MDS: Okay great. Thank you.

SP: Thank you.

Marina Vataj: While we can’t offer you any tastes from the grand tastings, we can offer you some sights. To see photos of the tasting and to read more about Sofia Perpera’s work with the Greek Wine Bureau, visit our website:

Time for a break, but when we get back: perspectives from three different regions of volcanic wine.

Maria Brunn: Just north of Napa, over the other side of the Mayacamas Range, you’ll see Lake County.

Christina Boutari: Santorini is one of the most important wine regions of Greece.

Alessio Inama: Verona, northeast of Italy. In a small area called Soave Classico.

MV: It’s coming up on the wine enthusiast podcast.

Welcome back to the Wine Enthusiast Podcast. I’m Marina Vataj.

Salt, grit, power.

These are just three of the words you’ll hear people use to describe wines grown on volcanic soil. At the recent Volcanic Wines International Conference in New York City, here’s what some of the attendees had to say:

Ben Gordon: People have studied volcanoes at school. People kind of have this idea of this majestic, unknown beast that is a natural disaster potentially about to happen, and from a wine making point of view, make wines that are really unique. Something different out there on the shelf. And there’s a real kind of minerality and underlying quality to them. It’s not just about fruit; there’s something else there, and that’s what you’re going to get in this room.

Georgia Harrison: Volcanic wines are so terroir specific and they’re so expressive but so individual. I cannot get enough.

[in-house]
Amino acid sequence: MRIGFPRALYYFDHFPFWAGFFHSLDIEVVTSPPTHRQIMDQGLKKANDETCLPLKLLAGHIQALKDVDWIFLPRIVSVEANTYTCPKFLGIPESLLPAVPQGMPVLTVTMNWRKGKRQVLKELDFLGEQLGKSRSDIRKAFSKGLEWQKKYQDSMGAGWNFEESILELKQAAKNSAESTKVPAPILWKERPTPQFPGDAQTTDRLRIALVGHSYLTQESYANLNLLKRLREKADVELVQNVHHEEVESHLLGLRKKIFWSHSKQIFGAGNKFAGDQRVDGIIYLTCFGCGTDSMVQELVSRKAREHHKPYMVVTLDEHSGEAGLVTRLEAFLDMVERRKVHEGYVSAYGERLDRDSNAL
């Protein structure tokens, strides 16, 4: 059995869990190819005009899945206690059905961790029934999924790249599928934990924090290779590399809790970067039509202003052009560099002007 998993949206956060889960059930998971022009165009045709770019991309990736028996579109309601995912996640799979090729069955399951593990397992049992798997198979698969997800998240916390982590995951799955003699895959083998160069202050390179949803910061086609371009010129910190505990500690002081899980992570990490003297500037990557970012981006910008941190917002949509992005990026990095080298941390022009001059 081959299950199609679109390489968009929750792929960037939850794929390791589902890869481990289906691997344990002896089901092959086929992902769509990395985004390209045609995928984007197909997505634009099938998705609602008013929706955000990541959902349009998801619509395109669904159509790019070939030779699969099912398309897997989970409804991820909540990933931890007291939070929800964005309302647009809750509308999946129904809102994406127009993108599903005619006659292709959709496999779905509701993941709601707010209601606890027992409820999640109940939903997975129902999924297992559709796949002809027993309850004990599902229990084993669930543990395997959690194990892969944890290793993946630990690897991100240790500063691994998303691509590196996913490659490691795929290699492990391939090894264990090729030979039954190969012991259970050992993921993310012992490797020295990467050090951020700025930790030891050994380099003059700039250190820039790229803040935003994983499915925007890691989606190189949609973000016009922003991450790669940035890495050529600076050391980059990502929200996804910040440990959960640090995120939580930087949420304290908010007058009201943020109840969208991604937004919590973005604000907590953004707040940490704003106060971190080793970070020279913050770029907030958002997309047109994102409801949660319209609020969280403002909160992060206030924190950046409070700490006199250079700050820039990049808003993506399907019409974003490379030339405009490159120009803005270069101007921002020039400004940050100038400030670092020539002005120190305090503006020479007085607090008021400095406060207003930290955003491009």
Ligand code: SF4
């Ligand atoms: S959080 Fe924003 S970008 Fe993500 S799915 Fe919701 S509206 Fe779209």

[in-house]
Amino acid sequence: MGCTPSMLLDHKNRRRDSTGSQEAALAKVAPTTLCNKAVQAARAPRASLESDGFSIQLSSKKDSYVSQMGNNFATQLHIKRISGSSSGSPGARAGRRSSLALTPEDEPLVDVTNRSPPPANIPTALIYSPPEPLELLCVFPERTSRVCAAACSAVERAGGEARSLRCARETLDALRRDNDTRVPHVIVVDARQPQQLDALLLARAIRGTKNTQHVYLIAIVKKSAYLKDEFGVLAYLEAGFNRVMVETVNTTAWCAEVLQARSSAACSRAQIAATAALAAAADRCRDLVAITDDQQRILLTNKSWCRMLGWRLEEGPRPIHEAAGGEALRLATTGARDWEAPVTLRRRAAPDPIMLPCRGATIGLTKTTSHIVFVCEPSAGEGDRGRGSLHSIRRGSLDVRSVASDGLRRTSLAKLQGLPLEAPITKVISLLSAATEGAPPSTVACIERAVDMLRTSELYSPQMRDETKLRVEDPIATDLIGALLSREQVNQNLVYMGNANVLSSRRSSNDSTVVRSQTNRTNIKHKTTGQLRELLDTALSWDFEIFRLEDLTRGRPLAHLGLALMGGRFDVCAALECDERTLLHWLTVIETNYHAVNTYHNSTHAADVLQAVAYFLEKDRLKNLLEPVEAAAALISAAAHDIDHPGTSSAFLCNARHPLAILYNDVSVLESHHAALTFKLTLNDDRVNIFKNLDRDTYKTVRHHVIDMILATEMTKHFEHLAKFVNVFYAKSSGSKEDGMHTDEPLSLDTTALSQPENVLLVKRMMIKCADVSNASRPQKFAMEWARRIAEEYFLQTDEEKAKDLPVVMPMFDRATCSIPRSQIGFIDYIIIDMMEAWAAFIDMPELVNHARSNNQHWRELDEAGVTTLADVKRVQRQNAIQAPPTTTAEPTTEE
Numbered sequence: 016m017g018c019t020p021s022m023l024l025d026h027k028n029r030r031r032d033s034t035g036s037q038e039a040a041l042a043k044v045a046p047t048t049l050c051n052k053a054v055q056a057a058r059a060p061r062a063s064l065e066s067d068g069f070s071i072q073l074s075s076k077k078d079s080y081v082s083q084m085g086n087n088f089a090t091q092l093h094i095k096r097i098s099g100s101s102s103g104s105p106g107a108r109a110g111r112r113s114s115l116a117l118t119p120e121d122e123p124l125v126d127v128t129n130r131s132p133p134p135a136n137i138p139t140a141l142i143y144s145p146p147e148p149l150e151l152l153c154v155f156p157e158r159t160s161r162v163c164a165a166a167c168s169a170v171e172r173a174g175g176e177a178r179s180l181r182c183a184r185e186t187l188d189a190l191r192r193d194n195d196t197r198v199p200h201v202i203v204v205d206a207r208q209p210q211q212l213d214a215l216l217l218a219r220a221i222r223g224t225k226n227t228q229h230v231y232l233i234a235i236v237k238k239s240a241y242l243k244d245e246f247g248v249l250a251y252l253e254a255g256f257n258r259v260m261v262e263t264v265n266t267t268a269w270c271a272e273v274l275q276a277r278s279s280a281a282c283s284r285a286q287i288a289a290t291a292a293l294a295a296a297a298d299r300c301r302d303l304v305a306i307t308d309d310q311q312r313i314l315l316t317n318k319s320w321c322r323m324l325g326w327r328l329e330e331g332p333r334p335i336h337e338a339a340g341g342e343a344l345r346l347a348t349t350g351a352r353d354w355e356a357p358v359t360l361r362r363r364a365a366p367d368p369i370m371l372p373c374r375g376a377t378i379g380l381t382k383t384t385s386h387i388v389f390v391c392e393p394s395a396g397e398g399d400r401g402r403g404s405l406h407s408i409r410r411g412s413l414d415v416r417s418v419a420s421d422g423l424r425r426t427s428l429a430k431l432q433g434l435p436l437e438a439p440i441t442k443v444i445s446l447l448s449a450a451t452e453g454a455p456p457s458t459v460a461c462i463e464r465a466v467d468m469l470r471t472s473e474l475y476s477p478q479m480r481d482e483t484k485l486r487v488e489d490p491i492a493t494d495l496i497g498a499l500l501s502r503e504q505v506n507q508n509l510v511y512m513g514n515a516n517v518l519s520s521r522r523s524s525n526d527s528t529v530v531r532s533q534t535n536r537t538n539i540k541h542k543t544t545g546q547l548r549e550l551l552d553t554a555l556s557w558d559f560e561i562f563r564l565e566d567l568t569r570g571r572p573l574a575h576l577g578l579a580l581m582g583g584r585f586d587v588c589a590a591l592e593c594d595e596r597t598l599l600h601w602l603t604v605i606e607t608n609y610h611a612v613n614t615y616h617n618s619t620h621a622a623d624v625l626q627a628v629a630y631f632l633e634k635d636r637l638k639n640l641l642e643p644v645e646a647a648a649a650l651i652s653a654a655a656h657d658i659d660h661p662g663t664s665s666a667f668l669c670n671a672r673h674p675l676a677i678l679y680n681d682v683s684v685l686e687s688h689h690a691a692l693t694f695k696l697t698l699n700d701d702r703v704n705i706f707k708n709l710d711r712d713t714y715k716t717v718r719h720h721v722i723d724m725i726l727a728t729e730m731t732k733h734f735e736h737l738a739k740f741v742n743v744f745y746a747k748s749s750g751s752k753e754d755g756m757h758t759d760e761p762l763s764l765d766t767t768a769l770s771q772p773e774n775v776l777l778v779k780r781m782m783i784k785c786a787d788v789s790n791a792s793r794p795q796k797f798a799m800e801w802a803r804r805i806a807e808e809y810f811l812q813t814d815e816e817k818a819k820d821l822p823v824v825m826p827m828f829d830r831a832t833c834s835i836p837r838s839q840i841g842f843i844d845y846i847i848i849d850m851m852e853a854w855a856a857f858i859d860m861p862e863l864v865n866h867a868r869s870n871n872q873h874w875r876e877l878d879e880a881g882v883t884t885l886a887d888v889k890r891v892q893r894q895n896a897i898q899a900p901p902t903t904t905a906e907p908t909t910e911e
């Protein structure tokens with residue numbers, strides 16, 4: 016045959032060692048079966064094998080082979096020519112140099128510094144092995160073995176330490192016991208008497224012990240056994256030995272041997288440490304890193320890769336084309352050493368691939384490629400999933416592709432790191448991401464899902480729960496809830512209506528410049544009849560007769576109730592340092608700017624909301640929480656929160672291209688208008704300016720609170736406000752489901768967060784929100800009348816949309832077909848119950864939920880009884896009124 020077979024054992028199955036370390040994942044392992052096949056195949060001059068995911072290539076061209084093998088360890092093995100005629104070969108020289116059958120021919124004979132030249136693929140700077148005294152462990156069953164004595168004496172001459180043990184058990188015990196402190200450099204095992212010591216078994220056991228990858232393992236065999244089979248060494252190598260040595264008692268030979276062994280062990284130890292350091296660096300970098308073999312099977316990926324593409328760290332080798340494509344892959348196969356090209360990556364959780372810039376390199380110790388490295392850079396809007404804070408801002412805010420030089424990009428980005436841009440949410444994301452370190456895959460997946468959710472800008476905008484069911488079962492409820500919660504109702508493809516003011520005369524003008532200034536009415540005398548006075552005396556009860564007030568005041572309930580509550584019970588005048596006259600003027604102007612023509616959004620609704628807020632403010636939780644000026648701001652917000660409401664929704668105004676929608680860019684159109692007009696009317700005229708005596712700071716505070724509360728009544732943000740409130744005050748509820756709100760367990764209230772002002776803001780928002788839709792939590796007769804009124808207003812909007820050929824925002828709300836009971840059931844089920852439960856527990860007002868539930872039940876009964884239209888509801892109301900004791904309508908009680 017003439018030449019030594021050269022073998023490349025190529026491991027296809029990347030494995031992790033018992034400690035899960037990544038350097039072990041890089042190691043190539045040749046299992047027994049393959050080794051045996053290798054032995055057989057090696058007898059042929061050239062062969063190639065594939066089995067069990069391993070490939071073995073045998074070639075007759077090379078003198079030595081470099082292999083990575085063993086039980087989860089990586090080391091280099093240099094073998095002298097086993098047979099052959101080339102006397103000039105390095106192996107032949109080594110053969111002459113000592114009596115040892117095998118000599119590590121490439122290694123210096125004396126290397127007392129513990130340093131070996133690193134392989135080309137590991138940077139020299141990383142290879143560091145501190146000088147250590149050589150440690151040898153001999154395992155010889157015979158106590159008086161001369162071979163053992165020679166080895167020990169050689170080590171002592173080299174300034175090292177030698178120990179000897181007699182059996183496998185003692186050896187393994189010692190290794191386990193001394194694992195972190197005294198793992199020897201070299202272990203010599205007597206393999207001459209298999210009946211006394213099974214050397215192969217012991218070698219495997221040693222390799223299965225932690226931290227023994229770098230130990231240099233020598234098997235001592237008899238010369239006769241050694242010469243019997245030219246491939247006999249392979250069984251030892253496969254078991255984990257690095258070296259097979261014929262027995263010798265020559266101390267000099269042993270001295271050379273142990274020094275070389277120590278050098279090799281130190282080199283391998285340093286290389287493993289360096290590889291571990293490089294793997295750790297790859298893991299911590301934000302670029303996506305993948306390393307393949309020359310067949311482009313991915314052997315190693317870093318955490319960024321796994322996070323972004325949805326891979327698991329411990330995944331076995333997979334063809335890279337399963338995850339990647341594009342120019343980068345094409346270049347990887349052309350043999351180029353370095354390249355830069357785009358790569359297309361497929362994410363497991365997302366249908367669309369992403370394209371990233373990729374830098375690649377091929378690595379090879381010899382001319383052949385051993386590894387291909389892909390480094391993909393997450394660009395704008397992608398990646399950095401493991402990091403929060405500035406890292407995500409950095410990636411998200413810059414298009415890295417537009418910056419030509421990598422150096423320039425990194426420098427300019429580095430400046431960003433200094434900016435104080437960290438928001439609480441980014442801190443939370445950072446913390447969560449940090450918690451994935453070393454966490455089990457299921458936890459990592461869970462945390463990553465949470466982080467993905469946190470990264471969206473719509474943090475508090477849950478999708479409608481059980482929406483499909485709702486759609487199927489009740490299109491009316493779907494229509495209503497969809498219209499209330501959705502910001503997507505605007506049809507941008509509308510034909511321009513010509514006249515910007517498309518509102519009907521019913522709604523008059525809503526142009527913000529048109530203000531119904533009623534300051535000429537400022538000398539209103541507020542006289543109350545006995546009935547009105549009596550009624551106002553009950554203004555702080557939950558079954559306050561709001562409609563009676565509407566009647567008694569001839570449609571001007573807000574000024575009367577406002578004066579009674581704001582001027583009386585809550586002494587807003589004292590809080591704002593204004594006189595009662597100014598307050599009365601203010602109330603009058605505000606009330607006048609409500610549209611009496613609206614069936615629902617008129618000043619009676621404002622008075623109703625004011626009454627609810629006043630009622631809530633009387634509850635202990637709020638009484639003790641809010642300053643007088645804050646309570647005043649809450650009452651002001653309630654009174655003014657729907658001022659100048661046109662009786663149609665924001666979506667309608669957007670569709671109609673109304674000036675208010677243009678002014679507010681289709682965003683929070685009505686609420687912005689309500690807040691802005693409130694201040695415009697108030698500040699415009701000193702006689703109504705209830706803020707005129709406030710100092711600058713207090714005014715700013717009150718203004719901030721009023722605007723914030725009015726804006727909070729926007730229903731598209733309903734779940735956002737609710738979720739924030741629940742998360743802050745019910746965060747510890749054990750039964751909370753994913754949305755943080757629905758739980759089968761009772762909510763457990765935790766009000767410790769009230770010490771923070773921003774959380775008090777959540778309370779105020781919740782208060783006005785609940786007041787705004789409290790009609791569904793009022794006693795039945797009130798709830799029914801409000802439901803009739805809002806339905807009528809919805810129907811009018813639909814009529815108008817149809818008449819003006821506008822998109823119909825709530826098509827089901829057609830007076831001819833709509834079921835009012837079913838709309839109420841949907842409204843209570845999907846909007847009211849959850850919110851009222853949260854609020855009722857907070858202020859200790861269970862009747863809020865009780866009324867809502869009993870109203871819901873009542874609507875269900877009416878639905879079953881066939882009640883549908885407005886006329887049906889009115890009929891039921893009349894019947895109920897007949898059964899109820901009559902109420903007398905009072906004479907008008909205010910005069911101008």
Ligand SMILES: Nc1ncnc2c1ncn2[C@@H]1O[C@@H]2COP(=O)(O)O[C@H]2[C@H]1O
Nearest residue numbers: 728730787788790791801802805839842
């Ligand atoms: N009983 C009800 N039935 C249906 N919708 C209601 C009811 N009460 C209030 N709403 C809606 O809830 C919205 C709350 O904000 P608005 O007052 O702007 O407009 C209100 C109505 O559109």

Robert Gilvesy: This minerality that we feel, whether you call it minerality or, what you want to call it. It sometimes ends in a salty finish, and that’s why we say salt of the earth is a perfect expression for this in many ways, about what the volcanic wines are about.

Lindsay Tsirlin: These wines really have to struggle, and they really have to kind of evolve to be something truly unique. Especially the wines from Santorini, because the landscape, it really is so lunar and the fact that anything can survive there at all is astounding.

Franco Zanovelli: We think it’s something that is not only a good way to promote in a different way with wine, but is really a matter of different wines. Wines that are full of particular character, very modern wines.

Panaylota Kalogeropoulou: With all this education and study on the volcanic soil, it’s something that for sure has a long lasting living, like the flavor of the volcanic wines.

Marina Vataj: As John Szabo pointed out earlier in the show, you’ll find volcanic wines from a variety of countries around the world. Lifestyle and entertaining editor Mike DeSimone poured a glass with experts from three of those countries: the United States, Italy, and Greece.

Maria Brunn: I’m Maria Brunn. I’m the executive director for the Lake County Winery Association up in Lake County, California.

Mike DeSimone: When visitors come, describe the landscape to me. What will we see that might make us realize we’re in a volcanic region?

MB: Well, the very first thing you’ll notice when you come over the mountains is the red dirt. Lake County’s at about 1,400-feet elevation, and it is primarily all red volcanic soil. And then you’ll see the mountains rising up around. Mount Kinocti is the dormant volcano in the region. It’s beautiful to hike up there, and you can look down and see all the vineyards and the lake and it’s just gorgeous.

MDS:  So Lake County got it’s name because there is a lake there, is that right?